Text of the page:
CHARLES GRAHAM - Gun ownership: a fatal right

SO soon after the horrendous Arizona shootings, the air is already thick with theories, suppostion, accusation and counter-accusation as to why it happened and who is to blame other than the assassin himself.

One claim is that gunman Jared Loughner was motivated to blast to death six people and shoot congresswoman Gabrielle Giffords in the head because of his exposure to “overheated political debate.”

In particular the inflamatory language and gun-related terminology of Republican former vice-presidential hopeful and hockey mom Sarah Palin has been singled out for particular attention.

Whether this turns out to have a shred of truth in it remains to be proved.

Such a concept at least seems to be prompting a move to tone down the hyperbole at this early stage, which can be no bad thing.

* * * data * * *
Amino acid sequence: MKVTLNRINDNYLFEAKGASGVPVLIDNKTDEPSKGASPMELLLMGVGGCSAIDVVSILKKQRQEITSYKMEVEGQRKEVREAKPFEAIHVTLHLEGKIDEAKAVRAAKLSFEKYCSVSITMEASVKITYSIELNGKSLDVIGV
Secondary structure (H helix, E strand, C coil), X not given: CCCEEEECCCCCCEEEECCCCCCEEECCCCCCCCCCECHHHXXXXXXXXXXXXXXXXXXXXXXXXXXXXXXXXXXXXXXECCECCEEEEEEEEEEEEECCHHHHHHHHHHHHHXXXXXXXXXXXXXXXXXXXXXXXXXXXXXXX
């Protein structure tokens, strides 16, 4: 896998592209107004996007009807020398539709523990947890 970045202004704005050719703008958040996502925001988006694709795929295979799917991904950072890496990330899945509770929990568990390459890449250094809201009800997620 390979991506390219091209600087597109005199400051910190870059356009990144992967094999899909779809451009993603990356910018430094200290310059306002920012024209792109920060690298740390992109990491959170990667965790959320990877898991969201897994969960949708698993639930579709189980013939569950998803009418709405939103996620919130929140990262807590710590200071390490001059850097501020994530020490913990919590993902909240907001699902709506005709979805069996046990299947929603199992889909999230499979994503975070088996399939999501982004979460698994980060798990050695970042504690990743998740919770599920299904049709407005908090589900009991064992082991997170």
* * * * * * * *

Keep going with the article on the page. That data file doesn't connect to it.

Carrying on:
That’s even if Loughner’s internet rantings about the congresswoman (she apparently slighted him by not satisfactorily answering one of his bizarre constituency inquiries) and life in general seem to have little to do with Republican politics.

Observing this latest in a long line of US gun massacres, the only thing I feel safe in saying about the Tucson tragedy at the moment is that if America had as tight a gun law as Britain’s, the likelihood of such horrors would be much reduced.

No society can eliminate the risks from lunatics going on a shooting spree. Look no further than Derrick Bird in our own back yard for that.

But these are, thankfully, extremely rare in a country where hardly anyone owns a gun.

In America the majority of folk seem unable to make the glaringly obvious connection.

And it is with tragic irony that among those supporters of a citizen’s right to be armed is one Democrat congresswoman Gabrielle Giffords.